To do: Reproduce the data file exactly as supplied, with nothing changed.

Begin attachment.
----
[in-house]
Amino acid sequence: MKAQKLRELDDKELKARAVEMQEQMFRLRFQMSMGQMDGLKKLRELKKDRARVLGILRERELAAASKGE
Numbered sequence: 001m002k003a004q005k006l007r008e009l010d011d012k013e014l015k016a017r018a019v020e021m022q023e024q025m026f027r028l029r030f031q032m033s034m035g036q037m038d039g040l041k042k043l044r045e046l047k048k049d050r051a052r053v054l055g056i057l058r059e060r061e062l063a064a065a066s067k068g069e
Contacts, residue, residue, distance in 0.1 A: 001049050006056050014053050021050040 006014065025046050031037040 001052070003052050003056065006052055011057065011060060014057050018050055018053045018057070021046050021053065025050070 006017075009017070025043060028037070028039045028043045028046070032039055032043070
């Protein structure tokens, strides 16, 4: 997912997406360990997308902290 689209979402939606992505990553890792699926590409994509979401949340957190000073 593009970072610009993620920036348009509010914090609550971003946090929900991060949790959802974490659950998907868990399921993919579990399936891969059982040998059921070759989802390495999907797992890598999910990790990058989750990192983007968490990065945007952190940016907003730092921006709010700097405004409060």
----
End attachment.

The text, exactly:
[in-house]
Amino acid sequence: MKAQKLRELDDKELKARAVEMQEQMFRLRFQMSMGQMDGLKKLRELKKDRARVLGILRERELAAASKGE
Numbered sequence: 001m002k003a004q005k006l007r008e009l010d011d012k013e014l015k016a017r018a019v020e021m022q023e024q025m026f027r028l029r030f031q032m033s034m035g036q037m038d039g040l041k042k043l044r045e046l047k048k049d050r051a052r053v054l055g056i057l058r059e060r061e062l063a064a065a066s067k068g069e
Contacts, residue, residue, distance in 0.1 A: 001049050006056050014053050021050040 006014065025046050031037040 001052070003052050003056065006052055011057065011060060014057050018050055018053045018057070021046050021053065025050070 006017075009017070025043060028037070028039045028043045028046070032039055032043070
């Protein structure tokens, strides 16, 4: 997912997406360990997308902290 689209979402939606992505990553890792699926590409994509979401949340957190000073 593009970072610009993620920036348009509010914090609550971003946090929900991060949790959802974490659950998907868990399921993919579990399936891969059982040998059921070759989802390495999907797992890598999910990790990058989750990192983007968490990065945007952190940016907003730092921006709010700097405004409060």